clock menu more-arrow no yes mobile

Filed under:

Part 2: MLS v SGs - The Fine Line We (Both) Walk

Who needs who more?

District Ultras
District Ultras

In Part 1 (go check it out here), I talked about the attempts by Major League Soccer and certain clubs to clamp down on the YSA chant. Now I'd like to take a look at the sometimes precariously fine line that MLS and SG's both walk and the at times tenuous relationship the two have with each other.

Is there a clear cut path for both MLS and SG's to get along? Some will argue that MLS is the league and they make all the rules, if you don't like the rules then don't come to games. Fair point actually. MLS has a Fan's Code of Conduct and people are expected to follow these rules or else. Clear cut right? Kinda.....

Major League Soccer is committed to creating a safe, comfortable and enjoyable soccer experience for all guests in and around our stadiums.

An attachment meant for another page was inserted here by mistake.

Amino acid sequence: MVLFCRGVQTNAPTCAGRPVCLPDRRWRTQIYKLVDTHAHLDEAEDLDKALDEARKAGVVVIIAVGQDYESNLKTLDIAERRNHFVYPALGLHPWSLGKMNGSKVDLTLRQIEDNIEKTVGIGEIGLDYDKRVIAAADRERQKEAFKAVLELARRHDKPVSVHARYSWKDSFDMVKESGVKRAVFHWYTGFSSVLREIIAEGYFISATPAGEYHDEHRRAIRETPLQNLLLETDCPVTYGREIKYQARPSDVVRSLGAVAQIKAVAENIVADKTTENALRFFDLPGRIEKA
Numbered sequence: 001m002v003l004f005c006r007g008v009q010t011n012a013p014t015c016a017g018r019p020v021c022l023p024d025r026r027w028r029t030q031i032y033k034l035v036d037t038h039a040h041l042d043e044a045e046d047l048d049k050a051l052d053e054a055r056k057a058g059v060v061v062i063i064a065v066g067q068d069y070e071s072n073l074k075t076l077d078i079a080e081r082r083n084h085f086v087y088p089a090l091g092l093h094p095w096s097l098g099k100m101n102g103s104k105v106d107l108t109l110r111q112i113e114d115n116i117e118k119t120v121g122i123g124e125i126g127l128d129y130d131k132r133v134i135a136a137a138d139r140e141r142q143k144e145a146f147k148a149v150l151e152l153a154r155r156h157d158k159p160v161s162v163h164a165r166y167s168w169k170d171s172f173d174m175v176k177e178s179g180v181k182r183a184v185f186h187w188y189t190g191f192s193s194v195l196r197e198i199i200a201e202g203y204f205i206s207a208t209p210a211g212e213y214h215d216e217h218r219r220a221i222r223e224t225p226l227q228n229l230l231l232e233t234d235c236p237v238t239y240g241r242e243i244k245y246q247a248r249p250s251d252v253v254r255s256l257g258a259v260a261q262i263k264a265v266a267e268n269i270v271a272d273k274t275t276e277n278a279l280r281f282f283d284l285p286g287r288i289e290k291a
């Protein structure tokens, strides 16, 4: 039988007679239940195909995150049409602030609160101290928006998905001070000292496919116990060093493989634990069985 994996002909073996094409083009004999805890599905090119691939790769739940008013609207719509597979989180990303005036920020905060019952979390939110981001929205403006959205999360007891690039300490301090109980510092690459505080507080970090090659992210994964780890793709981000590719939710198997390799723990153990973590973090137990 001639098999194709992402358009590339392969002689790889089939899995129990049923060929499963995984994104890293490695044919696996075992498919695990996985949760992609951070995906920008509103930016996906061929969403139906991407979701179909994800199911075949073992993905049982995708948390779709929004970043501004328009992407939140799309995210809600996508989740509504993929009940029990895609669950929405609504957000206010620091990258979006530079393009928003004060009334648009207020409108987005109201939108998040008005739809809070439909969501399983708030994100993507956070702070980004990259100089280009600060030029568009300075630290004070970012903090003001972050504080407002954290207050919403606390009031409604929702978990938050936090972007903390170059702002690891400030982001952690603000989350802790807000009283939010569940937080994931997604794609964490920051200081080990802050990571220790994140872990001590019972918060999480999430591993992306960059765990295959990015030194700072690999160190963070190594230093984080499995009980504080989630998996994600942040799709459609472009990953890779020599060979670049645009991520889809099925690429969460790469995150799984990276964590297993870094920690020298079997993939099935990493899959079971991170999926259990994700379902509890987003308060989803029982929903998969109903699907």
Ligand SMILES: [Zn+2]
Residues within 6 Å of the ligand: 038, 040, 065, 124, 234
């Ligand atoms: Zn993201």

MLS fans have a right to expect an environment where:

  • Fans are encouraged to cheer, sing, and otherwise support their team while remaining respectful and courteous to their fellow patrons, referees, opposing team fans and players.
  • Fans enjoy the soccer experience free from fighting, *thrown objects, attempts to enter the playing field, political or inciting messages, and disorderly behavior, including foul, sexist, racial, obscene or abusive language or gestures.
  • Fans comply with requests from stadium staff regarding stadium policies and emergency response procedures.
  • Fans promptly and carefully return the ball to a stadium staff member or the ball kid on the sidelines in the event that a soccer ball enters the stands. Alcoholic beverages are consumed in a responsible manner and only by those of legal age.
  • Fans conduct themselves in a lawful manner to avoid incidents in the stadium and in the parking lots.

*NOTE: The use of streamers and confetti as an expression of fan enthusiasm is not prohibited, but will be kept under review. Streamers are not to be used to impact the competition and/or thrown at or toward a player, referee or stadium staff member.